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Proceedings Paper

Proposed mission concept for the Astrophysical Plasmadynamic Explorer (APEX): an EUV high-resolution spectroscopic SMEX
Author(s): Michael P. Kowalski; Raymond G. Cruddace; Kent S. Wood; Daryl J. Yentis; Michael T. Wolff; J. Martin Laming; Herbert Gursky; George R. Carruthers; Troy W. Barbee; Joseph F. Kordas; Chris W. Mauche; Gilbert G. Fritz; Steve J. Varlese; Martin A. Barstow; George W. Fraser; Oswald H. W. Siegmund; Barry Y. Welsh; Nancy S. Brickhouse; Andrea K. Dupree; Alex Brown; Frederick C. Bruhweiler; Andrew C. Cameron; Jay B. Holberg; Steven B. Howell; Carole Jordan; Jeffrey L. Linsky; Sarah A. Matthews; Edward M. Sion; Klaus Werner
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Paper Abstract

APEX is a proposed mission for a Small Explorer (SMEX) satellite. APEX will investigate the density, temperature, composition, magnetic field, structure, and dynamics of hot astrophysical plasmas (log T = ~5-7), which emit the bulk of their radiation at EUV wavelengths and produce critical spectral diagnostics not found at other wavelengths. APEX addresses basic questions of stellar evolution and galactic structure through high-resolution spectroscopy of white dwarf stars, cataclysmic variables, the local interstellar medium, and stellar coronae. Thus APEX complements the Chandra, Newton-XMM, FUSE, and CHIPS missions. The instrument is a suite of 8 near-normal incidence spectrometers (~90-275 Angstroms, resolving power ~10,000, effective area 30-50 cm2) each of which employs a multilayer-coated ion-etched blazed diffraction grating and a microchannel plate detector of high quantum efficiency and high spatial resolution. The instrument is mounted on a 3-axis stabilized commercial spacecraft bus with a precision pointing system. The spacecraft is launched by a Taurus vehicle, and payload size and weight fit comfortably within limits for the 2210 fairing. Of order 100 targets will be observed over the baseline mission of 2 years. These are selected carefully to maximize scientific return, and all were detected in the EUVE and the ROSAT WFC surveys.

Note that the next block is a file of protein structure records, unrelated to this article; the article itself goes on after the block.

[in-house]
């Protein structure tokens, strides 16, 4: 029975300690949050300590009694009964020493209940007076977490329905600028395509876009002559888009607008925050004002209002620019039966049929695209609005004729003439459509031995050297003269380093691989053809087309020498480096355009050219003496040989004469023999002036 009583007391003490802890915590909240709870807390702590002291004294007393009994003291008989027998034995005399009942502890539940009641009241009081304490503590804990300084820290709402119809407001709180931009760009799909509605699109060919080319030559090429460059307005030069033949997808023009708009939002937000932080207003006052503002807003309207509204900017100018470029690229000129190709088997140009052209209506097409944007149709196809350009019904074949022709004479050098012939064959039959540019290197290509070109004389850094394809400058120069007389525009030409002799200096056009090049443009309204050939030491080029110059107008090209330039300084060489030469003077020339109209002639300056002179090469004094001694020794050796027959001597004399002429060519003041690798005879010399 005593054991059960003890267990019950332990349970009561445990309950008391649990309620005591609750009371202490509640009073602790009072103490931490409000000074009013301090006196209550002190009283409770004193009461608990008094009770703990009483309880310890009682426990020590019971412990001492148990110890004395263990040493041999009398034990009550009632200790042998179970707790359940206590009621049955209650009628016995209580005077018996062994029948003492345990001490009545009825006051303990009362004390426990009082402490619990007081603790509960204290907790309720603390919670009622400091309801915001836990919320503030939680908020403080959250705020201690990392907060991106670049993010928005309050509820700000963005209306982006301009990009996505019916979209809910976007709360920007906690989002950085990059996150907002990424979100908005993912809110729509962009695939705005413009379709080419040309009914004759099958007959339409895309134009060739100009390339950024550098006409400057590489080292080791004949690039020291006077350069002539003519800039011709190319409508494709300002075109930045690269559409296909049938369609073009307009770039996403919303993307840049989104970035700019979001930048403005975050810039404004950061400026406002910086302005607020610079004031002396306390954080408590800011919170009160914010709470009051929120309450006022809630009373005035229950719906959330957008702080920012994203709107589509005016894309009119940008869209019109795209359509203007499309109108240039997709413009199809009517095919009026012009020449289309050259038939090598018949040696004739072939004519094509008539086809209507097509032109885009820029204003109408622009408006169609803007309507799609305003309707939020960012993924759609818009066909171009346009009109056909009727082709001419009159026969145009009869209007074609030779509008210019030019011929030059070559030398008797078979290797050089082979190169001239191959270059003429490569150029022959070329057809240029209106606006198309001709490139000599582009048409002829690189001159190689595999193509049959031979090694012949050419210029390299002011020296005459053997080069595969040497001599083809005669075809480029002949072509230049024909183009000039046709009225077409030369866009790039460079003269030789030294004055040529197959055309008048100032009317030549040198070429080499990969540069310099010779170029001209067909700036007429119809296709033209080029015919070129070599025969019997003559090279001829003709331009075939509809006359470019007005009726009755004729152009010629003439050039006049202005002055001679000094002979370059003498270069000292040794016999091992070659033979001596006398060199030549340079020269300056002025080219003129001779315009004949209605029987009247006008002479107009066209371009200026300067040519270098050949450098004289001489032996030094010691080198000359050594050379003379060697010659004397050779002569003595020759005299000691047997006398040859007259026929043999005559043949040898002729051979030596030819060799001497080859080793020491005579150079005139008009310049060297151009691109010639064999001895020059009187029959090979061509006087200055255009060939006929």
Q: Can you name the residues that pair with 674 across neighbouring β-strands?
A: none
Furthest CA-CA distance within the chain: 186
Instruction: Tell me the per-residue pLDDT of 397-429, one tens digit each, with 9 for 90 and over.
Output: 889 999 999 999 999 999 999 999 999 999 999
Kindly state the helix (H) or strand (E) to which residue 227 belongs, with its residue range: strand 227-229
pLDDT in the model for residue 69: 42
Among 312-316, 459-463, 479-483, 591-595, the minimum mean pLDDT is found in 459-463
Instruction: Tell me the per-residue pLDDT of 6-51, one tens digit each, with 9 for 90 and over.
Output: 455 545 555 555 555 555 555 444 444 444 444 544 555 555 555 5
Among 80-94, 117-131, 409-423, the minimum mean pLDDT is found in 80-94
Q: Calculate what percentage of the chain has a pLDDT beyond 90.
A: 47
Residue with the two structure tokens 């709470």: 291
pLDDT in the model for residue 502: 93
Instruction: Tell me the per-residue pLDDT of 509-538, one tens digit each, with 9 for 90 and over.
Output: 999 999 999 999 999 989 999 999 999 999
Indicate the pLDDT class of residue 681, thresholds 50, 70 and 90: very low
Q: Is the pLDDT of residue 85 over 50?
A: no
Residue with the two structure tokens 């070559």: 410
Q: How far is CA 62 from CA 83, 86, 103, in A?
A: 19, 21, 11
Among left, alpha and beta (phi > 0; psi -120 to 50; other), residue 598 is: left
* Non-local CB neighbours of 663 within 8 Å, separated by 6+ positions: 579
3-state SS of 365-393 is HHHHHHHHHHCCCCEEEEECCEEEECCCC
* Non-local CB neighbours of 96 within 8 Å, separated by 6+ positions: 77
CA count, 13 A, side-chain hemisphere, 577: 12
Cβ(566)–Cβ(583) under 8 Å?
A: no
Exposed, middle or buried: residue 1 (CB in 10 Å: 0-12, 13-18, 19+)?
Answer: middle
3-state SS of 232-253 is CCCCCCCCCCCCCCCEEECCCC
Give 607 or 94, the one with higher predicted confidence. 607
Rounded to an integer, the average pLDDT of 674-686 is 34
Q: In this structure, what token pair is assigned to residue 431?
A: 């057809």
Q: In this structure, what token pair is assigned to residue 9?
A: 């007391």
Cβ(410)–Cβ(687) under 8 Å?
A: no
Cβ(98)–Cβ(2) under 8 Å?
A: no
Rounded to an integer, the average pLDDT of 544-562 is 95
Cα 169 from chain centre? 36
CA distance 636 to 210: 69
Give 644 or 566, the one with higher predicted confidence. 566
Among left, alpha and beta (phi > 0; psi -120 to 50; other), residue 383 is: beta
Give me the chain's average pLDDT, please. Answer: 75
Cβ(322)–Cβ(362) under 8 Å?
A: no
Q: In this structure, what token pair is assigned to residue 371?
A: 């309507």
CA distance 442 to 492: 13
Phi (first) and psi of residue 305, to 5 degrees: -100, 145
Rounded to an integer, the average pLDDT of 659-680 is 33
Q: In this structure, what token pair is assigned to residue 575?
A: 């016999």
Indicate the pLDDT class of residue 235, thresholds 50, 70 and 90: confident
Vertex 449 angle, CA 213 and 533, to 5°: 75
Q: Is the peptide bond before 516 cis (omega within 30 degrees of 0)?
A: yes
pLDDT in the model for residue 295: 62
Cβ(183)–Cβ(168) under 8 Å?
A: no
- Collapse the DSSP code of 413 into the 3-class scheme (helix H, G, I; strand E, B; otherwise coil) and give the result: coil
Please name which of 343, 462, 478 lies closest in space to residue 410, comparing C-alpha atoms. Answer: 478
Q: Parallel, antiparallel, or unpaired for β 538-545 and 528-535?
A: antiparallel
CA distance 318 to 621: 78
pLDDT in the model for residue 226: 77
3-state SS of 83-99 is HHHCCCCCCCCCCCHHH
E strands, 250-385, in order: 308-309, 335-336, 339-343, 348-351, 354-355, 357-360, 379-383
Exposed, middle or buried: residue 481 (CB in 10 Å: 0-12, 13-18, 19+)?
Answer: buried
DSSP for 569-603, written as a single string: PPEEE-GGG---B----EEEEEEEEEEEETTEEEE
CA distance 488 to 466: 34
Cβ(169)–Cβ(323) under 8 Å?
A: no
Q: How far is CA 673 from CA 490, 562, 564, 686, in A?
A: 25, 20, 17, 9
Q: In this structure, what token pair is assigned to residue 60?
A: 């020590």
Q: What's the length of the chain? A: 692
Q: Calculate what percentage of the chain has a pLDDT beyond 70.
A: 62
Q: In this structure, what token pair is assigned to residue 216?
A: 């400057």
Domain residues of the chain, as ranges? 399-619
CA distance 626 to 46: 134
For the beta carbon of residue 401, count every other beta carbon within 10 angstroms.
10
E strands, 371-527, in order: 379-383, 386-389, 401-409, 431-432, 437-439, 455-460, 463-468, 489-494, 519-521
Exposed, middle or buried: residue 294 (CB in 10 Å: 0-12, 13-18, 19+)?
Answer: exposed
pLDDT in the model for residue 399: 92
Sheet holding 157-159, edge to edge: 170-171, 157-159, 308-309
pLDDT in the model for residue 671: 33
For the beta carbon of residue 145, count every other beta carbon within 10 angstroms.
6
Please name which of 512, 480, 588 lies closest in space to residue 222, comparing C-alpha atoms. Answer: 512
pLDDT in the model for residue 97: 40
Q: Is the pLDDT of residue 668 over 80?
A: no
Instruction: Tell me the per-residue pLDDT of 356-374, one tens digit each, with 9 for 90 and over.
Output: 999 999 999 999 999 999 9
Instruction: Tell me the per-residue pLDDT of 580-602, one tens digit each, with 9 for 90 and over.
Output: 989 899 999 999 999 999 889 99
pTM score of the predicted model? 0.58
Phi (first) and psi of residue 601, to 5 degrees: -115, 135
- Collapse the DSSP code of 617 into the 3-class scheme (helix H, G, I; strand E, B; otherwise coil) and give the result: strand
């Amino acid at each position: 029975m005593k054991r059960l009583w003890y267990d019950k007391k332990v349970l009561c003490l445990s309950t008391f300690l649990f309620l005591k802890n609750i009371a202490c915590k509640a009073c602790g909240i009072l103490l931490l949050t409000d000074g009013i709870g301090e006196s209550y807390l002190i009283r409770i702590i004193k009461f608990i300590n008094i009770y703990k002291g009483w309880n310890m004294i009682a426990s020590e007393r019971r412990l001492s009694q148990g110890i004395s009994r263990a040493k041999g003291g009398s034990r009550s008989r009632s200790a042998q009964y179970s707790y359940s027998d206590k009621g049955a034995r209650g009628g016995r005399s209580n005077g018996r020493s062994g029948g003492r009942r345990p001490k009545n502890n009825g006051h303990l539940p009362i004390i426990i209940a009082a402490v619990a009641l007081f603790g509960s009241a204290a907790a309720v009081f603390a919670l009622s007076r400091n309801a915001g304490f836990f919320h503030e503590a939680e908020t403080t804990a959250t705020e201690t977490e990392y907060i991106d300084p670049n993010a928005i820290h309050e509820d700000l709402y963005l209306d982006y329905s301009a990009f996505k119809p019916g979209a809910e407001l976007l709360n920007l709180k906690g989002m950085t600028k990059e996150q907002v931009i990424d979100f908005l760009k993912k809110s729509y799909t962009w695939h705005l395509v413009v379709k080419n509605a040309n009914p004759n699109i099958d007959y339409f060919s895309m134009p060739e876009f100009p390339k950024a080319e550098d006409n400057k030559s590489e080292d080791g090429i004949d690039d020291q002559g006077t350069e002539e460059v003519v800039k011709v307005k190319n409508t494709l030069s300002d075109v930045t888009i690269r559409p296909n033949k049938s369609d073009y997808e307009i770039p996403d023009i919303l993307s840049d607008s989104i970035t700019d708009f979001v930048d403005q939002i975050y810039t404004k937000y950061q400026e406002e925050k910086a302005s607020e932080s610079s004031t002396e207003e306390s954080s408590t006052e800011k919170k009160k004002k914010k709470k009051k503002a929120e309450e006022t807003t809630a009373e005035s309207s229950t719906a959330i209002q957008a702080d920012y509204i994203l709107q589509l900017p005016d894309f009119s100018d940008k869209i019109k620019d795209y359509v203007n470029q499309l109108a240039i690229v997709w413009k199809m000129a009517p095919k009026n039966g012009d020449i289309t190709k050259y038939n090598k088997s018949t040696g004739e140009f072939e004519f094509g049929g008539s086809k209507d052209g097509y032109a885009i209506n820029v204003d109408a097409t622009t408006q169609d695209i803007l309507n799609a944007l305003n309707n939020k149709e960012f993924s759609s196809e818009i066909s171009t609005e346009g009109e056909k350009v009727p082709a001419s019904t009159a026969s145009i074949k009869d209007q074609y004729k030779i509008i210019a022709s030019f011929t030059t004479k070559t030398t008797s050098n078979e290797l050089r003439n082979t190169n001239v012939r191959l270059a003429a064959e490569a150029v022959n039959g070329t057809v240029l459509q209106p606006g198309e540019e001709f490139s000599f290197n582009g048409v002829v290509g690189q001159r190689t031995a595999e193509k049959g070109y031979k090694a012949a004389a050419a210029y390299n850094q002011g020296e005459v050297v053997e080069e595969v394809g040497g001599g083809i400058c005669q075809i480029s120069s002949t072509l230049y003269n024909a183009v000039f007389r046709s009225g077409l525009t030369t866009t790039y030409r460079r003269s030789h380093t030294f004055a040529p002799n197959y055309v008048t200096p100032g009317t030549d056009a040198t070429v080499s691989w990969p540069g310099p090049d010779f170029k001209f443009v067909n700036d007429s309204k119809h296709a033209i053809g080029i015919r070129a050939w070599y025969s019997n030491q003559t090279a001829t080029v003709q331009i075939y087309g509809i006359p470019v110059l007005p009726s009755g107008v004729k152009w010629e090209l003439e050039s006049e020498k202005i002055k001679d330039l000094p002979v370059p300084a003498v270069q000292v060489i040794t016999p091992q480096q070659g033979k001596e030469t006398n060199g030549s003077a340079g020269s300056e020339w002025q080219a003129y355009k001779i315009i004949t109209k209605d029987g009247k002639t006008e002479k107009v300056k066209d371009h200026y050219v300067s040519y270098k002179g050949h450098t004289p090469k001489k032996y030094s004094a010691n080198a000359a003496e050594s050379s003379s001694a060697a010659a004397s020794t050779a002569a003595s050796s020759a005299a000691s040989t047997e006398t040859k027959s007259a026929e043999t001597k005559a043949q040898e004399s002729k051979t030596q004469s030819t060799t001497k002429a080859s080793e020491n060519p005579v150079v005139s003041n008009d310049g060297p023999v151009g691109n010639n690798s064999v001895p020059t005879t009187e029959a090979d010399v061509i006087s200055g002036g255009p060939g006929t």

Paper Details

Date Published: 8 December 2003
PDF: 16 pages
Proc. SPIE 5164, UV/EUV and Visible Space Instrumentation for Astronomy II, (8 December 2003); doi: 10.1117/12.508548
Show Author Affiliations
Michael P. Kowalski, Naval Research Lab. (United States)
Raymond G. Cruddace, Naval Research Lab. (United States)
Kent S. Wood, Naval Research Lab. (United States)
Daryl J. Yentis, Naval Research Lab. (United States)
Michael T. Wolff, Naval Research Lab. (United States)
J. Martin Laming, Naval Research Lab. (United States)
Herbert Gursky, Naval Research Lab. (United States)
George R. Carruthers, Naval Research Lab. (United States)
Troy W. Barbee, Lawrence Livermore National Lab. (United States)
Joseph F. Kordas, Lawrence Livermore National Lab. (United States)
Chris W. Mauche, Lawrence Livermore National Lab. (United States)
Gilbert G. Fritz, PRAXIS, Inc. (United States)
Steve J. Varlese, Ball Aerospace & Technologies Corp. (United States)
Martin A. Barstow, Univ. of Leicester (United Kingdom)
George W. Fraser, Univ. of Leicester (United Kingdom)
Oswald H. W. Siegmund, Univ. of California/Berkeley (United States)
Barry Y. Welsh, Univ. of California/Berkeley (United States)
Nancy S. Brickhouse, Harvard-Smithsonian Center for Astrophysics (United States)
Andrea K. Dupree, Harvard-Smithsonian Center for Astrophysics (United States)
Alex Brown, Univ. of Colorado/Boulder (United States)
Frederick C. Bruhweiler, Catholic Univ. of America (United States)
Andrew C. Cameron, Univ. of St. Andrews (United Kingdom)
Jay B. Holberg, Univ. of Arizona (United States)
Steven B. Howell, Univ. of California/Riverside (United States)
Carole Jordan, Oxford Univ. (United Kingdom)
Jeffrey L. Linsky, Univ. of Colorado/Boulder (United States)
Sarah A. Matthews, Mullard Space Science Lab. (United Kingdom)
Edward M. Sion, Villnova Univ. (United States)
Klaus Werner, Univ. of Tuebingen (Germany)

Published in SPIE Proceedings Vol. 5164:
UV/EUV and Visible Space Instrumentation for Astronomy II
Oswald H. W. Siegmund, Editor(s)

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